Folk triumph

By Mark Grabowski

You are secretly a moron. Admit it. You live in constant fear that someday someone will discover that you aren’t as cool as you look, you aren’t as smart as you sound, and you aren’t as cultured as you make yourself out to be.
You began A Brief History of Time, but you didn’t finish it. You do crosswords, but have never got past the Wednesday edition. You bought a guitar but never learned more chords than “A,” “G,” “D.” You’ve fooled your friends, your boss, and maybe even your significant other. But time is running out. Your heart beats faster every time you pass that Trivial Pursuit box in the hallway, every time someone flips the TV to “Jeopardy,” every time a friend asks you what five-across is. It’s going to come down to a choice: admitting your idiocy to the world, or swallowing a daily dose of culture for as long as it takes.
Decided to go with the latter? Then let me recommend Paul Curreri’s upcoming CD release party at Starr Hill on May 3 as a good first step in that learned direction.
So you like rock music. Great. But what about folk? “Well, er, Dylan…” I can hear some of you stammer. But what about modern folk music? Folk did not cease to exist after the 1960’s, its death heralded by Dylan’s “electrifying” performance at the Newport Folk Festival in 1965. The music went on, through permutations and changes (I believe the best was the removal of the shrill warblings of the mid-sixties– peAaAcEeEe), until we come to the folk of today.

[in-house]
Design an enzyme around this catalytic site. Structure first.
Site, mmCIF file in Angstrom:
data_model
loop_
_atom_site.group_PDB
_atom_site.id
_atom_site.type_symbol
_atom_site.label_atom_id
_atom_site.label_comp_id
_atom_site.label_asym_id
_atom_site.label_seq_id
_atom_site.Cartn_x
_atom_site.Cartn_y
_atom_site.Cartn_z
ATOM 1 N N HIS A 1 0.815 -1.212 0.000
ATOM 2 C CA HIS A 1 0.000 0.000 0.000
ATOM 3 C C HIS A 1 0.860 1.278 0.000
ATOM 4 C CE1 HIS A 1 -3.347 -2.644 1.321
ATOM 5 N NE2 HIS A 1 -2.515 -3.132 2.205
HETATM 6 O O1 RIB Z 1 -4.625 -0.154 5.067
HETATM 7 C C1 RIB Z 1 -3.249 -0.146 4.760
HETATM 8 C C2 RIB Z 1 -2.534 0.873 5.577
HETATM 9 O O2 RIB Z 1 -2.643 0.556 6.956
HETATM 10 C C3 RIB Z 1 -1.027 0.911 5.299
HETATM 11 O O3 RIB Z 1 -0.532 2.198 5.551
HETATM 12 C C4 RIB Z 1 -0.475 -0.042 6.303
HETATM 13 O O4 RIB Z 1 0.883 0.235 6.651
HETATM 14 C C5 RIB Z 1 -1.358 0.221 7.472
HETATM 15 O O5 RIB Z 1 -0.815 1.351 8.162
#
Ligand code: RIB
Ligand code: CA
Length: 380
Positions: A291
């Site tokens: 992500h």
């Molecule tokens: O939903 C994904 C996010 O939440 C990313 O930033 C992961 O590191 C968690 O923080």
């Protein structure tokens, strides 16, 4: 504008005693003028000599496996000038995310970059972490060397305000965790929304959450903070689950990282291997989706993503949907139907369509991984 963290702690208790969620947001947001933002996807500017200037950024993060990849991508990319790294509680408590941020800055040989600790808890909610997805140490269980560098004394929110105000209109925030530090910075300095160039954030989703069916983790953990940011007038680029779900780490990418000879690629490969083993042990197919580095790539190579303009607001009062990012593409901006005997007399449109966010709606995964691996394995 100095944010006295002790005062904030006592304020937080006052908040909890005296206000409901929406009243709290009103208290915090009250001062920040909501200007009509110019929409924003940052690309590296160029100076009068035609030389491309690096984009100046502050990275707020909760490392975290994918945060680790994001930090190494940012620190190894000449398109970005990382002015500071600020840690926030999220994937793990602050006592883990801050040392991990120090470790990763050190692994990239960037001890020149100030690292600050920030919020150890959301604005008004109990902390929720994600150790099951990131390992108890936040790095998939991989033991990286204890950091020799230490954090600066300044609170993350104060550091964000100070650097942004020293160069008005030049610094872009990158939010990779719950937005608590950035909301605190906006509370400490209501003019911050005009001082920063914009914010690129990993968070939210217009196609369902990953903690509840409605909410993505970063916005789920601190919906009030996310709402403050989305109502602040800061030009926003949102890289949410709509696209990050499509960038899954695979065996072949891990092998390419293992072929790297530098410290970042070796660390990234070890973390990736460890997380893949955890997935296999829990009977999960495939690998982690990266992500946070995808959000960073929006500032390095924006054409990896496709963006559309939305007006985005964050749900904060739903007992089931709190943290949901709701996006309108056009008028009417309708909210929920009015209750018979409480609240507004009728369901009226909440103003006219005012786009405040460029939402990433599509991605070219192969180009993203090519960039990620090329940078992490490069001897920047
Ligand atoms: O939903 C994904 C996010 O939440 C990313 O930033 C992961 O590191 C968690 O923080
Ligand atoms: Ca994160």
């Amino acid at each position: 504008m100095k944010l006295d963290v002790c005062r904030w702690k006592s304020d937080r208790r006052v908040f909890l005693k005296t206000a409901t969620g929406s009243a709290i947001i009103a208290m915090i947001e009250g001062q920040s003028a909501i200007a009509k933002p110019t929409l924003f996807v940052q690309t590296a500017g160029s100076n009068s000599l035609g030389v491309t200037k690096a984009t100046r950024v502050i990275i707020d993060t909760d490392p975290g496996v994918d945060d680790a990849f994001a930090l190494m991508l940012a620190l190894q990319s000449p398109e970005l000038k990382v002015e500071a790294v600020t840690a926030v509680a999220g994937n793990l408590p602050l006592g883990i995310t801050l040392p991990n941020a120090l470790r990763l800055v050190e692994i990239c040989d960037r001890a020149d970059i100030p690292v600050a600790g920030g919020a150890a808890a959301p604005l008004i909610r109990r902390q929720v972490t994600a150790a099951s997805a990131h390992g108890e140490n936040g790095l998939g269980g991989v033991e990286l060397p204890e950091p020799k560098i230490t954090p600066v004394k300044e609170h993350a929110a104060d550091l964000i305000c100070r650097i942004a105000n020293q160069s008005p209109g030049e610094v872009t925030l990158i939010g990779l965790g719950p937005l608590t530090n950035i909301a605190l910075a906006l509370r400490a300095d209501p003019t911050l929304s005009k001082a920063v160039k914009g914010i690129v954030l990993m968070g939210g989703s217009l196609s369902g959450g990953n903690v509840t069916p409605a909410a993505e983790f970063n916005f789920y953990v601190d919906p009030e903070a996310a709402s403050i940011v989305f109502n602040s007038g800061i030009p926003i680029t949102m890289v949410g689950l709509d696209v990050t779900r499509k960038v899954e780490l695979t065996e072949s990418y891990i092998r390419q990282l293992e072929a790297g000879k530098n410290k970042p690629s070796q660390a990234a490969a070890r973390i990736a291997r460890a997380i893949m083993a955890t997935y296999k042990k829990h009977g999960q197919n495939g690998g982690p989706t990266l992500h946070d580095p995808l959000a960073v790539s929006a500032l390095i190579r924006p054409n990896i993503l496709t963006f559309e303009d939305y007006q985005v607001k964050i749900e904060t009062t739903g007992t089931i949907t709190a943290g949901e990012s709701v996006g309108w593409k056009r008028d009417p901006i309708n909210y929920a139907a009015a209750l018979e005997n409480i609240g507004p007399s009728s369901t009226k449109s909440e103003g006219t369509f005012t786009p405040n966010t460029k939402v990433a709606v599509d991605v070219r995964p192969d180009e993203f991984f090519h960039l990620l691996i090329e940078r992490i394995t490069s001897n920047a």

Some artists still use the folk style as a platform to try to right injustice, while for some it is merely a canvas on which they paint beautiful and sometimes haunting portraits of their own thoughts. Paul Curreri’s impressive work fits into the second category.
    “Slept by her and I dreamt of bees/That’s all I can remember/Just that I was stung a thousand times/So I woke, I dressed, and left her,” Paul croons, pairing these stunning words with his acoustic and a soft snare on “Bees,” track four from his soon-to-be-released CD, From Long Gones to Hawkmoth. 
I’ve heard the CD, and in between asking my friend what exactly is “Fragonard” and how it is different from “rococo” (“Miles Run the Daffodil Down”), I could feel something stirring within me. This was something real, something great, something right. This, to be so bold, is true folk music.

Paul Curreri’s CD Release Party with special guests Nickeltown, Jan Smith, Danny Schmidt, devon, BJ Kocen takes place at Starr Hill May 3 at 8pm. $6.



Read more on: paul curreri